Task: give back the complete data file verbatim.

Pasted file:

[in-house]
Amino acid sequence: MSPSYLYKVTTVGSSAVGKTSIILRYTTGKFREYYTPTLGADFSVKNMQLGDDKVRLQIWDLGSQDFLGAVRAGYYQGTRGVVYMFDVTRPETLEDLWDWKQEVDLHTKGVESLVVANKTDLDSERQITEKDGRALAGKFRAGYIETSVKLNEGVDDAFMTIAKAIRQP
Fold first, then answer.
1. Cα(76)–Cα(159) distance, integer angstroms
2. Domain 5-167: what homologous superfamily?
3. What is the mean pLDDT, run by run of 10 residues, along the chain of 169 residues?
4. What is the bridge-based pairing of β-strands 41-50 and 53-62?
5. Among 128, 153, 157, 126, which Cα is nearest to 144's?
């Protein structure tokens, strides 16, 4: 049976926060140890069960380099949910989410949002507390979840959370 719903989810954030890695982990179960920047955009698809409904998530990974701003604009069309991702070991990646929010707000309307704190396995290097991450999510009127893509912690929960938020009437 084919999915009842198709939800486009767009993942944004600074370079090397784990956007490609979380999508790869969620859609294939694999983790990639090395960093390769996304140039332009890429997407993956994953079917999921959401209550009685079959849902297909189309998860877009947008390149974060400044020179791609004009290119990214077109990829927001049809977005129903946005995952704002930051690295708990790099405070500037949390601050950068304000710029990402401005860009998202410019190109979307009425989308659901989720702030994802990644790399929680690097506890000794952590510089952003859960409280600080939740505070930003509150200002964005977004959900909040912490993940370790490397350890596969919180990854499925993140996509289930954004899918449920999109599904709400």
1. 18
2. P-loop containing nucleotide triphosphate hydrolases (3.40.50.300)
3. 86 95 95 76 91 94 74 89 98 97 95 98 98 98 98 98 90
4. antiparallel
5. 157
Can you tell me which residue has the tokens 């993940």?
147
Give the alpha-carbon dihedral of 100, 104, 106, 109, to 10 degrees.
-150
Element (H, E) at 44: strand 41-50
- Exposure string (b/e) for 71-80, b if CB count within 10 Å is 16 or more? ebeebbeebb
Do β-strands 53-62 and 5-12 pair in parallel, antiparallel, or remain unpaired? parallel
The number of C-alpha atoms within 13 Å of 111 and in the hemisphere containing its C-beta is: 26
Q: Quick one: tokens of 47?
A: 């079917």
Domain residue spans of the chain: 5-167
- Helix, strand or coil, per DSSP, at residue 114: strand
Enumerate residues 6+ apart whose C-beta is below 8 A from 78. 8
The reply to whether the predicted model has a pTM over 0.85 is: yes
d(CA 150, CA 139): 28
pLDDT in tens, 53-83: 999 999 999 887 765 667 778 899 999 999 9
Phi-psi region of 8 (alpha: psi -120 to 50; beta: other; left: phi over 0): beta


[in-house]
Amino acid sequence: MSPSYLYKVTTVGSSAVGKTSIILRYTTGKFREYYTPTLGADFSVKNMQLGDDKVRLQIWDLGSQDFLGAVRAGYYQGTRGVVYMFDVTRPETLEDLWDWKQEVDLHTKGVESLVVANKTDLDSERQITEKDGRALAGKFRAGYIETSVKLNEGVDDAFMTIAKAIRQP
Fold first, then answer.
1. Cα(76)–Cα(159) distance, integer angstroms
2. Domain 5-167: what homologous superfamily?
3. What is the mean pLDDT, run by run of 10 residues, along the chain of 169 residues?
4. What is the bridge-based pairing of β-strands 41-50 and 53-62?
5. Among 128, 153, 157, 126, which Cα is nearest to 144's?
């Protein structure tokens, strides 16, 4: 049976926060140890069960380099949910989410949002507390979840959370 719903989810954030890695982990179960920047955009698809409904998530990974701003604009069309991702070991990646929010707000309307704190396995290097991450999510009127893509912690929960938020009437 084919999915009842198709939800486009767009993942944004600074370079090397784990956007490609979380999508790869969620859609294939694999983790990639090395960093390769996304140039332009890429997407993956994953079917999921959401209550009685079959849902297909189309998860877009947008390149974060400044020179791609004009290119990214077109990829927001049809977005129903946005995952704002930051690295708990790099405070500037949390601050950068304000710029990402401005860009998202410019190109979307009425989308659901989720702030994802990644790399929680690097506890000794952590510089952003859960409280600080939740505070930003509150200002964005977004959900909040912490993940370790490397350890596969919180990854499925993140996509289930954004899918449920999109599904709400």
1. 18
2. P-loop containing nucleotide triphosphate hydrolases (3.40.50.300)
3. 86 95 95 76 91 94 74 89 98 97 95 98 98 98 98 98 90
4. antiparallel
5. 157
Can you tell me which residue has the tokens 């993940």?
147
Give the alpha-carbon dihedral of 100, 104, 106, 109, to 10 degrees.
-150
Element (H, E) at 44: strand 41-50
- Exposure string (b/e) for 71-80, b if CB count within 10 Å is 16 or more? ebeebbeebb
Do β-strands 53-62 and 5-12 pair in parallel, antiparallel, or remain unpaired? parallel
The number of C-alpha atoms within 13 Å of 111 and in the hemisphere containing its C-beta is: 26
Q: Quick one: tokens of 47?
A: 């079917």
Domain residue spans of the chain: 5-167
- Helix, strand or coil, per DSSP, at residue 114: strand
Enumerate residues 6+ apart whose C-beta is below 8 A from 78. 8
The reply to whether the predicted model has a pTM over 0.85 is: yes
d(CA 150, CA 139): 28
pLDDT in tens, 53-83: 999 999 999 887 765 667 778 899 999 999 9
Phi-psi region of 8 (alpha: psi -120 to 50; beta: other; left: phi over 0): beta